David Nickol, I don't think the church is opposed to either "homosexuals" (people) or "homosexuality" (the condition). It teaches that sex outside of sacramental marriage is wrong for all Catholics.Since heterosexual couples can receive sacramental marriage and homosexual couples cannot, that is obviously a much greater burden on some persons than others, but the basic principle is the same. Hopefully, most members of a Catholic Scout troop are not having sex with anyone, male or female. If some are encouraging others to become active sexually and persist after repeated warnings, I could see throwing them out, but I don't think it would depend on whether they were promoting sex with men or women. Obviously, anyone who forces himself on another person should be out quickly.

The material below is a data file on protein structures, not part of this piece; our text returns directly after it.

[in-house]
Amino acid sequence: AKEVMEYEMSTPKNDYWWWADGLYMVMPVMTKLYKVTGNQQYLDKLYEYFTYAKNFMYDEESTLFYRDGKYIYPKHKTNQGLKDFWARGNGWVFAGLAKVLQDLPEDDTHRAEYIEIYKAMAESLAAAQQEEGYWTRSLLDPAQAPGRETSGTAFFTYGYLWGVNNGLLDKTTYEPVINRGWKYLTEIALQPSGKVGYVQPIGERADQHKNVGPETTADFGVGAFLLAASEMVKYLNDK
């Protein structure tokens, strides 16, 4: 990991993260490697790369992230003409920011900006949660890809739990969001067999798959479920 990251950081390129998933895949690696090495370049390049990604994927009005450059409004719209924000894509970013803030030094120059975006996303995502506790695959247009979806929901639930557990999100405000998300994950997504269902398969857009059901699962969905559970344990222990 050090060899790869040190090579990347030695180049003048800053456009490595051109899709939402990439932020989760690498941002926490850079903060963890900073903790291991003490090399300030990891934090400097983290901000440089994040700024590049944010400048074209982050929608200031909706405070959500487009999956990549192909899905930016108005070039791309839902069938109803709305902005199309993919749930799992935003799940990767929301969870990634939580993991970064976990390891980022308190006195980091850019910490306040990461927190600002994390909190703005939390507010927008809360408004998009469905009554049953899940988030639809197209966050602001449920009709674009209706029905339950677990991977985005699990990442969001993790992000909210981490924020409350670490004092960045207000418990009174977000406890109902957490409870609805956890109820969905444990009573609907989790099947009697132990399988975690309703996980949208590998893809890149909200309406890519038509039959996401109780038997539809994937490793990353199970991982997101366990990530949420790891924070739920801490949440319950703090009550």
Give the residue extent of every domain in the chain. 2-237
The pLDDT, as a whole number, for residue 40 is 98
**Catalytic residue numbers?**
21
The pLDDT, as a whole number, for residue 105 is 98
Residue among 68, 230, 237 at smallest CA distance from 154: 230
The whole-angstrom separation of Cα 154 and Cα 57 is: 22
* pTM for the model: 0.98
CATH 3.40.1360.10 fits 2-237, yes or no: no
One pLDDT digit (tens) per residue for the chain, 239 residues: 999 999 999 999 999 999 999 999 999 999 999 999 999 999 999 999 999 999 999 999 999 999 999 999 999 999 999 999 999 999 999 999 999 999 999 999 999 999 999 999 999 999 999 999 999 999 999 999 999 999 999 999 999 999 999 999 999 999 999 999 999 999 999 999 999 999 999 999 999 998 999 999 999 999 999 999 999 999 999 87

"What so many people are fearful of is the normalization of homosexuality. That is different, or should be, than the normalization of homosexuals. It seems to me the Catholic Church and many other groups who do not approve of homosexual behaviors have got to make a greater distinction between homosexuality and homosexuals."David - I'd like to hear your thoughts on the distinction you're calling out here. It seems to me that we have three different things to distinguish between: homosexuality (the inclination); homosexuals (the persons who have that inclination); and homosexual behavior (the behavior pursuant to the inclination by the people with that inclination).If my understanding of what the church teaches is accurate, it's only the last of these that the church considers sinful. And the church needs to stand, publicly, against discrimination and hatred directed against persons with the inclination. (I know I've said this before in these conversations, but in my view it's worth repeating).